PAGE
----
Cordless drill recommendations

I know this isn't aus.d-i-y but as there's no such group I'll ask here. I gave away all my tools before emigrating as I didn't think I'd need them in a new high rise, but now have to do a little work to a rental property.
Main job is replacing the roofing on a very long covered way, about 25m long x 1.5m as the existing fibreglass is covered in moss and algae and has clouded over, some sheets cracked. I will be using corrugated polycarbonate (not twinwall) fixed with these self drilling screws (several hundred in total)
http://buybuildingsupplies.com.au/product_info.php?products_id &464
Obviously I need a decent cordless drill driver but am not sure how powerful a one I need. I'm assuming an 18v one and have shortlisted three, a Hitachi 43Nm torque at $277 (182) and two AEG, one at $269 (180) with 47Nm torque, the other $399 (266) with 70Nm. Is it worth buying the more powerful one, bearing in mind that after this job it may not get too much use?
Any other hints - have done lots of more complicated jobs in the past, but never this. I assume the screws will have to be set by eye as the torque setting on the drill won't help with corrugated plastic.
--
Tony Bryer, Greentram: 'Software to build on',
Melbourne, Australia www.greentram.com
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wrote:

I'd suggest an impact driver rather than a drill/driver, but have no experience with corrugated.
Surely someone else will be along in a minute to agree/disagree.
--

Rod

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wrote:

I'd suggest an impact driver rather than a drill/driver, but have no experience with corrugated.
Surely someone else will be along in a minute to agree/disagree. <<<<<<
Impact Driver! You can buy hex shanked drill bits as well for them, for normal drilling.
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On 22/01/2012 09:25, Tony Bryer wrote:

Makita. 14.4v will do the job.
--
Dave - The Medway Handyman www.medwayhandyman.co.uk

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You might consider renting a Tek driver if a mains supply is practical. Lightweight, relatively low speed, torque control although, as you say, this may not help on fragile material.
I commonly use a little Bosch 9.6V drill/driver for this. Around 12Nm but you need a back up battery for a long job.

regards
--
Tim Lamb

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You don't say how the sheets are going to be fixed. But in such a situation I'd be tempted to mark out and pre-drill the plastic sheeting beforehand in a more accessible situation - on a bench say or on the ground. Where more care can be taken with drilling the plastic. And then having manoeuvred the sheets in situ. use the pre-drilled holes as a guide for drilling into the support. This is assuming that the supports are at regular intervals making it possible to mark up the sheets beforehand. The rationale for going in two stages aside from convenience being that the best setting\technique for satisfactorily drilling through the plastic might not be the optimal setting\technique for fitting the plastic to the supports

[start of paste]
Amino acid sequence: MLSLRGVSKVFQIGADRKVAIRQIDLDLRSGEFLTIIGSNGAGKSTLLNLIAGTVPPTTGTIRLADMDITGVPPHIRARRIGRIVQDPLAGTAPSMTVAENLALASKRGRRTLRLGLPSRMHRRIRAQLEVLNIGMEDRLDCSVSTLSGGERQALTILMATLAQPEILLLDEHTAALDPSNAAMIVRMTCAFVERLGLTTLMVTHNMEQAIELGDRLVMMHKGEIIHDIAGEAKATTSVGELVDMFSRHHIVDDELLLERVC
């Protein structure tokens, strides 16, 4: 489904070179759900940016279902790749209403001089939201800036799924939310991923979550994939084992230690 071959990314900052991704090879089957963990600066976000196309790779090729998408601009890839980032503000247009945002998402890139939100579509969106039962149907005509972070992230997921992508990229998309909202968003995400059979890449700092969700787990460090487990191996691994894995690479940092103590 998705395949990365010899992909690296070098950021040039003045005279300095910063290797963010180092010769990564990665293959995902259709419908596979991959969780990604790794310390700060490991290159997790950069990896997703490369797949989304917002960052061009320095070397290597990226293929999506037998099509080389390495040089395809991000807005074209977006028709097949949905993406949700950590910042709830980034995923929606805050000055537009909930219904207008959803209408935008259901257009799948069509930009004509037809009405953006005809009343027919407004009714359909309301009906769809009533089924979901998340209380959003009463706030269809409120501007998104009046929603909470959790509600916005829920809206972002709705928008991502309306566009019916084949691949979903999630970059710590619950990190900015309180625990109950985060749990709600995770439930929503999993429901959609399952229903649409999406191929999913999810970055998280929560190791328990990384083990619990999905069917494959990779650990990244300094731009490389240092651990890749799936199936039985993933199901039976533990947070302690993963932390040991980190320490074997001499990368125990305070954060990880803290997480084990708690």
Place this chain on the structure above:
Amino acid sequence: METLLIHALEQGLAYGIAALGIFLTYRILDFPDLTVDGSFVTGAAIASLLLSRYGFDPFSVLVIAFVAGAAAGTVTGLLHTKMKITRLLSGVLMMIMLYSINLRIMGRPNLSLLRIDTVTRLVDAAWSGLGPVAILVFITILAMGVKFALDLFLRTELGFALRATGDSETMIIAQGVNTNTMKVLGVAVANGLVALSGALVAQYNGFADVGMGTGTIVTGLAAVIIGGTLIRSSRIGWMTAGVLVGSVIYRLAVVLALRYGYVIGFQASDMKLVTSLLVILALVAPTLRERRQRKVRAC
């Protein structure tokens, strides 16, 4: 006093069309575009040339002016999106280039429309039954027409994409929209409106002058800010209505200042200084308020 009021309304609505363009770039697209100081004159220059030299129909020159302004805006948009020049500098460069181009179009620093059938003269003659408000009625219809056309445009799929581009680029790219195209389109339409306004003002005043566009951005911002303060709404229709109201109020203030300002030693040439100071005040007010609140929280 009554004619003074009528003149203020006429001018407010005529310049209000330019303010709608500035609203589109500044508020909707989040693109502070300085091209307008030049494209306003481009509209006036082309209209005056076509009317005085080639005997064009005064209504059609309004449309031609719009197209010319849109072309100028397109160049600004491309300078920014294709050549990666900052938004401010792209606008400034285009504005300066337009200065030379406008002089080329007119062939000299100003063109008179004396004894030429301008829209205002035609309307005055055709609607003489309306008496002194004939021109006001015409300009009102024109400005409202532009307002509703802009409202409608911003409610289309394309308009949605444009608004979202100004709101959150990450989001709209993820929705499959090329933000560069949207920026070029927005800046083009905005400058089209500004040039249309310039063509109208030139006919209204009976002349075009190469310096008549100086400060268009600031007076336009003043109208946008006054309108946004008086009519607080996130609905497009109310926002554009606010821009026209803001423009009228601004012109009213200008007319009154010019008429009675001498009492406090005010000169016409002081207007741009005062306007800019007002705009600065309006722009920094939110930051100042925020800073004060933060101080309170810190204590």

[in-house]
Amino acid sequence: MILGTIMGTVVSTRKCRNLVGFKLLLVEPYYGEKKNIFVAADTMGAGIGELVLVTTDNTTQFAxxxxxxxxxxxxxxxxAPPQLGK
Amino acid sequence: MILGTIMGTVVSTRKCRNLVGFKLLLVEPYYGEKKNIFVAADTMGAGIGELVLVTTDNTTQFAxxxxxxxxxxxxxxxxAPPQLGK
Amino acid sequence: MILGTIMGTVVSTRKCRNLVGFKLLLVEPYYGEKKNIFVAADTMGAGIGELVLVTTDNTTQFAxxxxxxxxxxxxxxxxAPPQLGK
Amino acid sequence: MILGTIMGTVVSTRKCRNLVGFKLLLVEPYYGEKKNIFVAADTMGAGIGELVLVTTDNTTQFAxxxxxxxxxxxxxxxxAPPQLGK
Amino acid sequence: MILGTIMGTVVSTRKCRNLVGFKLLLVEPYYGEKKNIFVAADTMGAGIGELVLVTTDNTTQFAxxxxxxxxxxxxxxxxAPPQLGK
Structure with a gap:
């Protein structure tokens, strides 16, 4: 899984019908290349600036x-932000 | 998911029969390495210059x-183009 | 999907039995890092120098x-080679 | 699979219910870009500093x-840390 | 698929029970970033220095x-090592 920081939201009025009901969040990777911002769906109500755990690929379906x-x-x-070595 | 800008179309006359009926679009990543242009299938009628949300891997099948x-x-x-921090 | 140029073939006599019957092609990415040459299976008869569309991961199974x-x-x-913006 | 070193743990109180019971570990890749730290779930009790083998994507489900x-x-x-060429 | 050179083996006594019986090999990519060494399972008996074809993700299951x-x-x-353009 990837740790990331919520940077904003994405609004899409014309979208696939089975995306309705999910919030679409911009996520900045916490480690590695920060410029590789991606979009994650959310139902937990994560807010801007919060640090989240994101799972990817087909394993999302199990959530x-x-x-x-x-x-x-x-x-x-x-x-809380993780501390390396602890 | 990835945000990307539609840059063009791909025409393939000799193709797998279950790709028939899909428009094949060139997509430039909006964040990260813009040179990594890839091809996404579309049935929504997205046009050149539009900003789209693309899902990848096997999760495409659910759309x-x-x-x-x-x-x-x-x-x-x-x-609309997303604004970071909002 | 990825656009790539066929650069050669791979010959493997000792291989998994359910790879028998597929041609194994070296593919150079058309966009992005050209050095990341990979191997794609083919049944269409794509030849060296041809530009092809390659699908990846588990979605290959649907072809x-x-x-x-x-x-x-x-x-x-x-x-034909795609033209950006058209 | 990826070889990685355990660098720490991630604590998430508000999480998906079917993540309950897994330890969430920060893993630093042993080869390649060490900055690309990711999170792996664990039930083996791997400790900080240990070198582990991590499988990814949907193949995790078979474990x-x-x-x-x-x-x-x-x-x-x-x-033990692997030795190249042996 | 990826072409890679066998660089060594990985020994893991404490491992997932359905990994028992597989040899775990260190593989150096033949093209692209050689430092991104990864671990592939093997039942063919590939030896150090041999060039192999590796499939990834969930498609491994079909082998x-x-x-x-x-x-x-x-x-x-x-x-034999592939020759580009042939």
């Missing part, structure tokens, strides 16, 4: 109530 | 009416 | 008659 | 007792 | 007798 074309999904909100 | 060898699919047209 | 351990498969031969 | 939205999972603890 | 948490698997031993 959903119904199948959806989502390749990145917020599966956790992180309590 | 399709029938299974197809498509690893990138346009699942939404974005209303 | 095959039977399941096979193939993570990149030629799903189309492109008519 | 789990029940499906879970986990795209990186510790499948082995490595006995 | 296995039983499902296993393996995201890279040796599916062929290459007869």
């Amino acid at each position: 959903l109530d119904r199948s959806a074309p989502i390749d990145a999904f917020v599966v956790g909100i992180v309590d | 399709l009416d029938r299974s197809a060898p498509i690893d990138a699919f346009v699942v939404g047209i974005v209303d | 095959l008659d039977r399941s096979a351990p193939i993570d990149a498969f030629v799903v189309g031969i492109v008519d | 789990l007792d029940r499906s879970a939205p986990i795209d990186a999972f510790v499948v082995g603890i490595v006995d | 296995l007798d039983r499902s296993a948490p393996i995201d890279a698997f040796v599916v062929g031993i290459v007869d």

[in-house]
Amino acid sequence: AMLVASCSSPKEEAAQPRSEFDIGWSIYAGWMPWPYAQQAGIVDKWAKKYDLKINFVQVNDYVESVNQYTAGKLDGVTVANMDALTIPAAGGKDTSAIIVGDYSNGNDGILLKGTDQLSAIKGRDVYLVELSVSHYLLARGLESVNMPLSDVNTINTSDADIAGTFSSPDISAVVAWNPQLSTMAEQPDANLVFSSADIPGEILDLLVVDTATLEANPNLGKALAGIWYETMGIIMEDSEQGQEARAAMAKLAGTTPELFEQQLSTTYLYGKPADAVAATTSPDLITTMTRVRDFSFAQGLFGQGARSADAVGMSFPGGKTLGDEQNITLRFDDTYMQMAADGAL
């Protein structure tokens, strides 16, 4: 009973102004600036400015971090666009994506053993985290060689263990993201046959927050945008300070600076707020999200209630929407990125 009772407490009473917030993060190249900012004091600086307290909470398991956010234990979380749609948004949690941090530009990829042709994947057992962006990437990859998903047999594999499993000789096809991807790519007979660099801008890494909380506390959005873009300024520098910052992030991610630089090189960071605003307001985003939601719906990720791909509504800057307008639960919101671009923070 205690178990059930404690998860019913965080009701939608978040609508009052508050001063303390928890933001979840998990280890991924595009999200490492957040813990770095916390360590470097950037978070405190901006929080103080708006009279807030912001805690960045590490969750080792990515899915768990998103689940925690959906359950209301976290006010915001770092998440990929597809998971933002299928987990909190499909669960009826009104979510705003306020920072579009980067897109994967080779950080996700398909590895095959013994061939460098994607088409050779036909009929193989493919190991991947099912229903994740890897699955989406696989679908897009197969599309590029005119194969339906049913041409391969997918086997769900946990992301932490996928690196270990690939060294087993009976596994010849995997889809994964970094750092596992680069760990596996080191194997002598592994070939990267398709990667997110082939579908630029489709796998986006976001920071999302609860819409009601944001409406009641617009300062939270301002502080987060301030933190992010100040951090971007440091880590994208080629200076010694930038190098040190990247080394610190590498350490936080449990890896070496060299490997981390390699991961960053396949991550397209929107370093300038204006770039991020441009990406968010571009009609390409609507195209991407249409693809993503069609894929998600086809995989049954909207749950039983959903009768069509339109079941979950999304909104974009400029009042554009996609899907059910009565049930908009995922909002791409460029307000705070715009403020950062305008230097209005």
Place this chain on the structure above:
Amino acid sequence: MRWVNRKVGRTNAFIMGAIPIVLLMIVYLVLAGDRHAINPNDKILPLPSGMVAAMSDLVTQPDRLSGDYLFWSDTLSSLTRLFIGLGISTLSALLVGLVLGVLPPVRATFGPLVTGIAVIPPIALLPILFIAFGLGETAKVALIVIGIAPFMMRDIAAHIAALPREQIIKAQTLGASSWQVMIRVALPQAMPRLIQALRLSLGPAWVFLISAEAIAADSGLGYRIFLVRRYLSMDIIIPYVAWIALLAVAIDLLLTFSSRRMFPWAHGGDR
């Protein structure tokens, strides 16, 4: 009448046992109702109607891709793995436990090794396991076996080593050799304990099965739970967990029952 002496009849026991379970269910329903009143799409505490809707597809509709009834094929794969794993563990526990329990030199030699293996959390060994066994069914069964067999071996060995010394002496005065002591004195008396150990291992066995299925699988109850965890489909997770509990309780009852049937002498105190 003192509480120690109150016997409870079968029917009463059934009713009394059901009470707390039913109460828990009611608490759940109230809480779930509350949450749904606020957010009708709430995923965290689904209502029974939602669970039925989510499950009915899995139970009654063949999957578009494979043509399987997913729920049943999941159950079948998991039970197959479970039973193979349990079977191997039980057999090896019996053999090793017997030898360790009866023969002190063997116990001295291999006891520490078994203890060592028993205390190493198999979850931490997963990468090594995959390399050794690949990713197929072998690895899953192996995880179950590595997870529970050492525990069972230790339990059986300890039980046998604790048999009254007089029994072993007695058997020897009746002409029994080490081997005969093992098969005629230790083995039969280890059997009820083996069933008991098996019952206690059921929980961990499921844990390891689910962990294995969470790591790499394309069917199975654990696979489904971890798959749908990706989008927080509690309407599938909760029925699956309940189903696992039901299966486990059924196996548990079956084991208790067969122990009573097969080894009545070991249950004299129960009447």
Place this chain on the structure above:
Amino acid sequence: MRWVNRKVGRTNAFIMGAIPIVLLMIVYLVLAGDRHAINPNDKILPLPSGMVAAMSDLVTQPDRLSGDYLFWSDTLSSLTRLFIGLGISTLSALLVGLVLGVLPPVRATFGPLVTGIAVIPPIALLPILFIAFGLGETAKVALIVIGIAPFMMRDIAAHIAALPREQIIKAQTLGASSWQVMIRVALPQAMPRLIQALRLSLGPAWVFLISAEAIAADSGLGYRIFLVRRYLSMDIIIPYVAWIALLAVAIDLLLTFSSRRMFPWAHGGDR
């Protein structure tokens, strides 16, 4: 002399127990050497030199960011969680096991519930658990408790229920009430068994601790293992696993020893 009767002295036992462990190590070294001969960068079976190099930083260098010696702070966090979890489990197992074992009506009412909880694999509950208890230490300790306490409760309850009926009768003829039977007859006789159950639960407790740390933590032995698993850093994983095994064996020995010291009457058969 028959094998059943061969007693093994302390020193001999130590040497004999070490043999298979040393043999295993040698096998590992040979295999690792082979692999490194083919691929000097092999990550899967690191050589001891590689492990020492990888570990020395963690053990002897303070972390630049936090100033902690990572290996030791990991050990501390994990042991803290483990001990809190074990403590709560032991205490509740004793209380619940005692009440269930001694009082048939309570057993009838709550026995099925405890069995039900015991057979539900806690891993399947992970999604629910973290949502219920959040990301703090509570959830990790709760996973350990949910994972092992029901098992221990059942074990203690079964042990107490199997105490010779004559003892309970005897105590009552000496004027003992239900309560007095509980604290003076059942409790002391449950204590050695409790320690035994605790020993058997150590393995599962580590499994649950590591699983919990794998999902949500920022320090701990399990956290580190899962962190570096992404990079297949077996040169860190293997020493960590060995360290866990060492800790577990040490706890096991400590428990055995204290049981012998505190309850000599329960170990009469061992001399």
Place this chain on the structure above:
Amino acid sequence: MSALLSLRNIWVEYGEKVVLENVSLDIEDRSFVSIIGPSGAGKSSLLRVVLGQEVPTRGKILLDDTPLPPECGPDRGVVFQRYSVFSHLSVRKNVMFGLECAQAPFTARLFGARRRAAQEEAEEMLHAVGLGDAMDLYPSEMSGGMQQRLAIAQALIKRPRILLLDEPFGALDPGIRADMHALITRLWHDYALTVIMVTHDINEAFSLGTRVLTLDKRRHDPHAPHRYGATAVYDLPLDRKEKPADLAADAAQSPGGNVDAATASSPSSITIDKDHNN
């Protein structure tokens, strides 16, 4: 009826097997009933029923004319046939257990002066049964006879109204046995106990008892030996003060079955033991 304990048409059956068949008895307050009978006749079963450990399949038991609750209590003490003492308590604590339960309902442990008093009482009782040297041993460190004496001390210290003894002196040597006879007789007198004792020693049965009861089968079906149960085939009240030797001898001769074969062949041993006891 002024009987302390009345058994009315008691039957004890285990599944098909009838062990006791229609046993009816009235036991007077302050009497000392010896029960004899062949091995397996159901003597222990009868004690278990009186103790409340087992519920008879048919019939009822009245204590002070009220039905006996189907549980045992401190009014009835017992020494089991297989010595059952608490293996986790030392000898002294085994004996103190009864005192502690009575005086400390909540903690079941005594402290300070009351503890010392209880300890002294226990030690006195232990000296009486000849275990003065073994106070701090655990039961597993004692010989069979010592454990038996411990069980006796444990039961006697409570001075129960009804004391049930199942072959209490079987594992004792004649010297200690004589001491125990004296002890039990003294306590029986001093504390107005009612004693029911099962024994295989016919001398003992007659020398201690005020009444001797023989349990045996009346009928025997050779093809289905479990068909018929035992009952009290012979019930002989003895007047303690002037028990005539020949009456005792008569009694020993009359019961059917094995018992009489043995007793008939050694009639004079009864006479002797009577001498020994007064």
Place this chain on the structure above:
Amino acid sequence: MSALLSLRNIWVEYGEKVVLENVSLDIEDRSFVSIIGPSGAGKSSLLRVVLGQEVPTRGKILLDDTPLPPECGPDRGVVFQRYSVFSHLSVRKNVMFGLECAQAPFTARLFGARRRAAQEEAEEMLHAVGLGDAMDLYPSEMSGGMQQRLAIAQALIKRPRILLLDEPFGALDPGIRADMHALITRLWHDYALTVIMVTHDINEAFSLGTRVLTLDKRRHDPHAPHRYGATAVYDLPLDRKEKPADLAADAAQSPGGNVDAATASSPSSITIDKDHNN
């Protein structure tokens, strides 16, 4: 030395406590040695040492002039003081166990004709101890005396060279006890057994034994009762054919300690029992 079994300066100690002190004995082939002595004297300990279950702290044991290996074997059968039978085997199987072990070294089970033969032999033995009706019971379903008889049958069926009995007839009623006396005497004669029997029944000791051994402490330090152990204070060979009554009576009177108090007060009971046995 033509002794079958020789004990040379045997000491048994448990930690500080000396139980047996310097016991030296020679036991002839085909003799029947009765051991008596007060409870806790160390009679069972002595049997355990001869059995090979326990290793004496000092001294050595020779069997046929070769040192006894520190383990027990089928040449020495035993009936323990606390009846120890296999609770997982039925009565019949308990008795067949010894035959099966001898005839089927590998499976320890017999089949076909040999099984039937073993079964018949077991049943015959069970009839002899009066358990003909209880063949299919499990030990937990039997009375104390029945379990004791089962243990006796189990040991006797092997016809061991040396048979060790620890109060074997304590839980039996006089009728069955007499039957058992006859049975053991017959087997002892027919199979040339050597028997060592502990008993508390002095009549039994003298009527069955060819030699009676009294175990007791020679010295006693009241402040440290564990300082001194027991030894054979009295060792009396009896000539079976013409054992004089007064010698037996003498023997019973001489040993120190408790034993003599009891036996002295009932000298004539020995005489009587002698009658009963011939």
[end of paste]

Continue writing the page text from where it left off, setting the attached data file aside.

michael adams
...
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Tony Bryer wrote:

I have been using two different Aldi lithium drills (18v and a smaller one) for quite heavy work and they are both still going strong Lots of self drilling screws through wood into steel tube frames (picket gates)
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Makita MXT 8434DZ. It is a 14.4V tool, but has a 3 speed gearbox 1700-600-300rpm, combi hammer/drill/drive, side handle, enormous 70Nm torque, good clutch control, 13mm chuck handles all the bigger bits.
Available on Ebay and elsewhere. UK prices are 50 for body (www.itslondon.co.uk), 22 for charger, 45 for 2.6Ah NiMH. However worth picking up a Makita 6281 body for about 19 re superlight & *compact* screwdriver or small drill bit use.
There is a 12V MXT and 18V MXT, you may find the 12V MXT at very good prices and perfectly competent. Time to check Ebay and the "body-only" suppliers. Refurbished worries me unless bought with say 1 battery and at least 1 new battery bought.
So good that your mains drill can be either limited to SDS or a proper 2 speed gearbox percussion for core drill use.
You may want L-Ion, but the batteries & charger are expensive so the rest tends to be a bit lightweight on the low end - whereas similar or less money gets an MXT which wipes the floor with their "toy" standard cordless drills etc.
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<Snip>

You can get special screw bits with a collar which disengages a clutch when it hits the material. They are mainly used for power screwing plasterboard screws, where (as you indicate) the torque setting is unlikely to prevent you driving the screw in too deeply.
(Amazon.com product link shortened)27259420&sr=1-1
Cheers
Dave R
--
No plan survives contact with the enemy.
[Not even bunny]
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